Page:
Processive Movement of MreB-Associated Cell Wall Biosynthetic Complexes in Bacteria

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Science  08 Jul 2011:
Vol. 333, Issue 6039, pp. 225-228
DOI: 10.1126/science.1203466


The peptidoglycan cell wall and the actin-like MreB cytoskeleton are major determinants of cell shape in rod-shaped bacteria. The prevailing model postulates that helical, membrane-associated MreB filaments organize elongation-specific peptidoglycan-synthesizing complexes along sidewalls. We used total internal reflection fluorescence microscopy to visualize the dynamic relation between MreB isoforms and cell wall synthesis in live Bacillus subtilis cells. During exponential growth, MreB proteins did not form helical structures. Instead, together with other morphogenetic factors, they assembled into discrete patches that moved processively along peripheral tracks perpendicular to the cell axis. Patch motility was largely powered by cell wall synthesis, and MreB polymers restricted diffusion of patch components in the membrane and oriented patch motion.

The peptidoglycan (PG) layer, or sacculus, which is composed of glycan strands cross-linked by peptide bridges, forms a load-bearing network that maintains bacterial cell shape. Synthesis and chemical composition of PG are well understood (1), but the structure of the sacculus and the mechanisms controlling its growth remain elusive. It is currently assumed that the actin-like MreB proteins form filamentous helical structures along the membrane, which direct cell wall growth by positioning multienzyme complexes that mediate sidewall elongation (2). These elongation complexes are thought to contain the essential transmembrane proteins MreC and MreD, RodA and RodZ, PG hydrolases, and penicillin-binding proteins (PBPs), the enzymes that catalyze PG elongation and cross-linking (3, 4). Studies using fluorescently labeled vancomycin (Van-FL) have revealed helical incorporation patterns of PG precursors into the sidewall in B. subtilis (5) and Caulobacter crescentus (6), but could not resolve the dynamics of cell wall synthesis. We used total internal reflection fluorescence microscopy (TIRFM), a sensitive method for studying events at cell surfaces (7, 8), to observe the dynamics of the MreB cytoskeleton and its relationship with cell wall growth.

Functional green fluorescent protein (GFP) fusions to the three MreB isoforms in B. subtilis (MreB, Mbl, and MreBH) expressed at wild-type levels (fig. S1) formed discrete patches in exponentially growing cells (Fig. 1A). Patches were restricted to the cell periphery (fig. S2A) and exhibited continuous movement along linear tracks roughly perpendicular to the long axis of the cell (Fig. 1B and movie S1). To reconcile our findings with the helical structures described for MreB proteins (2, 9), we simultaneously imaged cells by TIRFM and conventional epifluorescence. Owing to the increased depth of field, MreB patterns visualized by epifluorescence could be misinterpreted as “helical” (Fig. 1C). In addition, MreB localized to transverse bands as cells entered stationary phase (fig. S2B). We found similar patch-like localization and dynamics of MreB in the Gram-negative bacteria Escherichia coli and C. crescentus (fig. S2C), suggesting that these are widely conserved features in bacteria.

Fig. 1

Motile cell wall elongation complexes. (A) GFP-MreB, GFP-Mbl, and GFP-MreBH (left to right) imaged by TIRFM. Data in (A) to (G) are from strains 3723, 2523, and 2566J (table S4). (B) Movement of a GFP-MreB patch (arrow) and trajectory in maximum projection. Time is in seconds. (C) Simultaneous visualization of GFP-Mbl by TIRFM and epifluorescence (EPI). (Left) Corresponding bright-field (BF) image. (D) Typical kymograph and patch speed boxplots of MreB isoforms. (E) Typical maximum projection and angle boxplots for MreB isoform trajectories. (F) Distribution of GFP-MreB trajectories in maximum projection, linescan (along dotted line) and intensity correlation function (ICF). (G) Number of patch trajectories increases with cell length (linear fit: R2 = 0.61). (H) Colocalization of GFP-MreB and Mbl-RFP in maximum projections, linescan (dotted line) and kymographs. (I) Quantification of MreBs colocalization from kymograph traces. G: GFP; R: RFP; gray bars: colocalization; green and red bars: single GFP and RFP color traces. (J) Boxplots of patch speed of morphogenetic proteins. (K) Orientation of patch trajectories of morphogenetic proteins and Van-FL bands. (L) Colocalization of GFP-PbpH and RFP-MreB in maximum projections, linescan, and kymograph traces. (M) Quantification of MreB and Mbl colocalization with PbpH and RodA from kymograph traces. Labels as in (I). Scale bars: 1 μm.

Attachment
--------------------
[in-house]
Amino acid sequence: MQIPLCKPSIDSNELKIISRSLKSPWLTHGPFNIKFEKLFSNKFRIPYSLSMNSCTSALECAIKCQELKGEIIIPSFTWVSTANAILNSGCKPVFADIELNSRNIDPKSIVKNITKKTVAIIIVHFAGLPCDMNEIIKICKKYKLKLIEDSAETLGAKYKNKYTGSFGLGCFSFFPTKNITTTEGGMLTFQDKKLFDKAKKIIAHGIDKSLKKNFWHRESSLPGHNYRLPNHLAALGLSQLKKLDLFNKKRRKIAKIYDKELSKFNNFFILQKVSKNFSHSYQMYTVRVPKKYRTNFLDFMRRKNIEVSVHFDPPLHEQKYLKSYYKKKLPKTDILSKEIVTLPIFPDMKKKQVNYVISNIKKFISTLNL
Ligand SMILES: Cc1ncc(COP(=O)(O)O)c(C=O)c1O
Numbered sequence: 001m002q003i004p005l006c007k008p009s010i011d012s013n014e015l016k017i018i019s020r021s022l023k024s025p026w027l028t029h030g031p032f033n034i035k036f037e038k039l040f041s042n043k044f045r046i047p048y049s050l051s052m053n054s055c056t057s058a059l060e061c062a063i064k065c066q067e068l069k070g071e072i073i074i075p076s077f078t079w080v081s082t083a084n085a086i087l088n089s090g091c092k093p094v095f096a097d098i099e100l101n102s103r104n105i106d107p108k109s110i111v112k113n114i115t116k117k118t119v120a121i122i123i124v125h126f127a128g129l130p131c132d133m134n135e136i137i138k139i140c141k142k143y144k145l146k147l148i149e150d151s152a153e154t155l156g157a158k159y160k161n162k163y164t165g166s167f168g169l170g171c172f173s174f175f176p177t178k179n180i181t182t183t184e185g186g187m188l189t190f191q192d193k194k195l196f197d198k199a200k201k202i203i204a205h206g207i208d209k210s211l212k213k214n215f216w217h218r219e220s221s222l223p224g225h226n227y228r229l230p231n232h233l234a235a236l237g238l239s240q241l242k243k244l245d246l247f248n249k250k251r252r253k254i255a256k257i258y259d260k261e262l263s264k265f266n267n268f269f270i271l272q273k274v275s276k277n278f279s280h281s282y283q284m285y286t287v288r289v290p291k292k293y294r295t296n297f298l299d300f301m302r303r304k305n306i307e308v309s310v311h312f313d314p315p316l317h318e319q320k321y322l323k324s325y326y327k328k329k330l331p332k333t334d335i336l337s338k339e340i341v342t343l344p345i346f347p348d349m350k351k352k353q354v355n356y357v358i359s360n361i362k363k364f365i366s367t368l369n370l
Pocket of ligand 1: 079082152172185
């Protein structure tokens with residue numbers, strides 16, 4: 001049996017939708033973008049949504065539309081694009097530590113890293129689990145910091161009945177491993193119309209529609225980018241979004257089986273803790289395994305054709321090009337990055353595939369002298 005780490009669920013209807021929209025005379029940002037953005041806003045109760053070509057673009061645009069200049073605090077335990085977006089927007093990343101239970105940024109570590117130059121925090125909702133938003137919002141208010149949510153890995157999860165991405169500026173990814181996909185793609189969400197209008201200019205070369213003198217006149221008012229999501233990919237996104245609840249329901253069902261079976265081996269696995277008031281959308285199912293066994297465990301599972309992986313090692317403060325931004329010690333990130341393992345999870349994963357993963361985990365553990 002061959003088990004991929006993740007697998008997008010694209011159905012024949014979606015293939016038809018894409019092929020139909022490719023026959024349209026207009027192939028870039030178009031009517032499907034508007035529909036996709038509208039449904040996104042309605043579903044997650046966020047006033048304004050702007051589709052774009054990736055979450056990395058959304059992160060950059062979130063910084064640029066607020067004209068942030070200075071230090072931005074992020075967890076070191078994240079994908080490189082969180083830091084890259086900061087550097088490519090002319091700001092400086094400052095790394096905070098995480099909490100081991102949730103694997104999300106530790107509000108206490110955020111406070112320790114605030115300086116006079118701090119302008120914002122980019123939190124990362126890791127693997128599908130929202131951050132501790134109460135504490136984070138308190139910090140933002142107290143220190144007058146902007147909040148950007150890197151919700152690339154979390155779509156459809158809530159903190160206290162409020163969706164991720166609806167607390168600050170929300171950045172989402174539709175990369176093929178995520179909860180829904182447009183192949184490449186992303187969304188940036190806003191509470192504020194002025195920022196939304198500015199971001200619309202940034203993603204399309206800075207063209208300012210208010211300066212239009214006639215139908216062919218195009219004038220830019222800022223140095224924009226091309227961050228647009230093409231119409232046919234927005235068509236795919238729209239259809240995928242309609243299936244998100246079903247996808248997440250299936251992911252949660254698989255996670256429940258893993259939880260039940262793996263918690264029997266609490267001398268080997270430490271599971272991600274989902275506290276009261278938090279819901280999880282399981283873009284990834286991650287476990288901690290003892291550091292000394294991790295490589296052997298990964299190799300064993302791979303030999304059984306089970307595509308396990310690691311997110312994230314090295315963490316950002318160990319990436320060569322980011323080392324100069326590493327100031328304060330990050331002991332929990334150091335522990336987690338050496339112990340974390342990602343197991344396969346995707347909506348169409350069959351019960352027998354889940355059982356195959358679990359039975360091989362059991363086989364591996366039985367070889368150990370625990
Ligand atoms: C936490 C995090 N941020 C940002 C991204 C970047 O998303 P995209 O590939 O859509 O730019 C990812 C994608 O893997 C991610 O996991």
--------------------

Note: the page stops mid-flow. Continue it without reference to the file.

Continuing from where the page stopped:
Detailed analysis of patch dynamics using kymographs (10) showed that patches moved bidirectionally across the cell at constant velocity (fig. S2D). We often observed reversal and crossover of patches (fig. S2D), but did not see abrupt patch appearances or disappearances at mid-trajectory, indicating tight association of MreBs with the cell periphery. To determine patch velocities, we measured the slopes of kymograph traces. Patches formed by MreB, Mbl, and MreBH moved at significantly different speeds (Fig. 1D, fig. S3, and table S1; P < 0.001 for all pairs). Speeds were mildly dependent on growth temperature (fig. S4A) but were not affected by high concentrations of magnesium (fig. S4B) or untagged endogenous copies of the respective MreB isoforms (fig. S4C and table S1). Patch trajectories in maximum projections were oriented at angles close to 90° relative to the long axis of the cell (Fig. 1E and table S1). Although tracks were evenly spaced along the length of the cell, with major distance peaks between 0.5 and 1 μm (Fig. 1F), high variability of autocorrelation between cells (fig. S5, A to C) and over time (fig. S5D) argued against a constrained periodic structure. However, we did find a correlation between numbers of tracks and cell length (Fig. 1G), suggesting an average distance between tracks of ~0.5 μm, as previously reported (11).